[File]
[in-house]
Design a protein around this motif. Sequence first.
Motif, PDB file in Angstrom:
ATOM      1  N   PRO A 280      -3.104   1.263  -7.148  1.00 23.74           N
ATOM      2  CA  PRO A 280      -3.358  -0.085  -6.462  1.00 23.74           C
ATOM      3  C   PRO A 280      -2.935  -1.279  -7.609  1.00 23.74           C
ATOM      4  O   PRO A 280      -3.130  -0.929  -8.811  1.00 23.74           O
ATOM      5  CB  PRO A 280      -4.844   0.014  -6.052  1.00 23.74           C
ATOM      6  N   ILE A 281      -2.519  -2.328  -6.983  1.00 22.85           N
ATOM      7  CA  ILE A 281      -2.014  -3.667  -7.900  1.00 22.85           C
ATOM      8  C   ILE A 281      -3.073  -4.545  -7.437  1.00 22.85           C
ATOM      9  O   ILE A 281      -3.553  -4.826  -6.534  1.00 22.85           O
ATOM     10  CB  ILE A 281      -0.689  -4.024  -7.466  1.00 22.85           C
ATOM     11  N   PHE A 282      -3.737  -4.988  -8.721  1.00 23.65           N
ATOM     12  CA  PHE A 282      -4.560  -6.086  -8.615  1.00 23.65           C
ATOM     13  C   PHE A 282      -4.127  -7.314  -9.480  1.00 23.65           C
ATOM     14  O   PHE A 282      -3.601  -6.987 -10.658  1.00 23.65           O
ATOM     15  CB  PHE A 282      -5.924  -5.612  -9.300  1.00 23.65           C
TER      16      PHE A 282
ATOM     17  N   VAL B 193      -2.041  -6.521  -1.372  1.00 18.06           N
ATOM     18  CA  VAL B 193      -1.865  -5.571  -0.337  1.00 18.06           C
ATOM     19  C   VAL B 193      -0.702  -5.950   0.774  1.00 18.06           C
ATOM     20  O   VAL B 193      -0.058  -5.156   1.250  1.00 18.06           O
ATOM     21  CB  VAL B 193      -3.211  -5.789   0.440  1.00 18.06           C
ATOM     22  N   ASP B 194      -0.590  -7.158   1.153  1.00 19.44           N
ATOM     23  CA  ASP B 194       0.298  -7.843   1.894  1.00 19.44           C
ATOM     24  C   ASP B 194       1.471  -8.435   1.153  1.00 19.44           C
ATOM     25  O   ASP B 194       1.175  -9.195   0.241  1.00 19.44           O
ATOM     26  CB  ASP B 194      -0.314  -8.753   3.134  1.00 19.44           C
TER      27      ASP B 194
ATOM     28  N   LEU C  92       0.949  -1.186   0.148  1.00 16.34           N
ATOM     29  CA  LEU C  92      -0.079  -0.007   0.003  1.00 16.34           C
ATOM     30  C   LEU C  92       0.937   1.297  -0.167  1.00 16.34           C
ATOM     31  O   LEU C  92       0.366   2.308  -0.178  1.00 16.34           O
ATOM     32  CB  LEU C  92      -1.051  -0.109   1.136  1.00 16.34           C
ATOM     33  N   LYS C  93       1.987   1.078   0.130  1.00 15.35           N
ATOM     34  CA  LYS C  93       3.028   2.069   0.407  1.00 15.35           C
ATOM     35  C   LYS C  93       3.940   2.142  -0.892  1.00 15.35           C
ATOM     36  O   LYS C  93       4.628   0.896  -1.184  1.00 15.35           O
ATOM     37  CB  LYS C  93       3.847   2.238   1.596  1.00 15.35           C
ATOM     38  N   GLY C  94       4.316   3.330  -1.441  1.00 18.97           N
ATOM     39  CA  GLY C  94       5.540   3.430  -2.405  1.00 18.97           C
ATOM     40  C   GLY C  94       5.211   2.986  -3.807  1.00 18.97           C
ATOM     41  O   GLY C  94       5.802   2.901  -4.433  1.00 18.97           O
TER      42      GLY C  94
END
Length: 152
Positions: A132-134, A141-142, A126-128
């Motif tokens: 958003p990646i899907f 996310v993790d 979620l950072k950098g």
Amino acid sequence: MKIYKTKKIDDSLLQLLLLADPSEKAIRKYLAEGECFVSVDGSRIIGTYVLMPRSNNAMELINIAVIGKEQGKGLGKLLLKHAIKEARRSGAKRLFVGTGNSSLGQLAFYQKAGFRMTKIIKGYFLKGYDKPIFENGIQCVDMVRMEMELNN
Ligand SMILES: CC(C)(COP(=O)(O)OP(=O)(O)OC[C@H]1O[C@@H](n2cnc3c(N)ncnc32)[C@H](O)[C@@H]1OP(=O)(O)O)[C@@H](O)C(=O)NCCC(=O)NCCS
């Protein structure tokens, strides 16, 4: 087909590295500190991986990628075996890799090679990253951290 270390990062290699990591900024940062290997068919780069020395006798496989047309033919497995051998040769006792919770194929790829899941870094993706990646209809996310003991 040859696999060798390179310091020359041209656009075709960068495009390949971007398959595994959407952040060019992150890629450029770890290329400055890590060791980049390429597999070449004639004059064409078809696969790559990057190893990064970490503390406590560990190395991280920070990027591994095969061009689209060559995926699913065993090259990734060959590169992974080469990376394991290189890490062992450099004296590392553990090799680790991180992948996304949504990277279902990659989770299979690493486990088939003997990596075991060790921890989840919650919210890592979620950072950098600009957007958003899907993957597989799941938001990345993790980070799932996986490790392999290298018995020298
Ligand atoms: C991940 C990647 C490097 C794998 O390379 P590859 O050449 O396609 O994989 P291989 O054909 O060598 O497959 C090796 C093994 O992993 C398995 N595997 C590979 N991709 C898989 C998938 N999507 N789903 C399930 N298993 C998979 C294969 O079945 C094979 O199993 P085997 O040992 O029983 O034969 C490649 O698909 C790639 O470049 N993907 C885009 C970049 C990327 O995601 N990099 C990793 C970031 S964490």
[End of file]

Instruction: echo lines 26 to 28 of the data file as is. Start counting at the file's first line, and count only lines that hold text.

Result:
ATOM     23  CA  ASP B 194       0.298  -7.843   1.894  1.00 19.44           C
ATOM     24  C   ASP B 194       1.471  -8.435   1.153  1.00 19.44           C
ATOM     25  O   ASP B 194       1.175  -9.195   0.241  1.00 19.44           O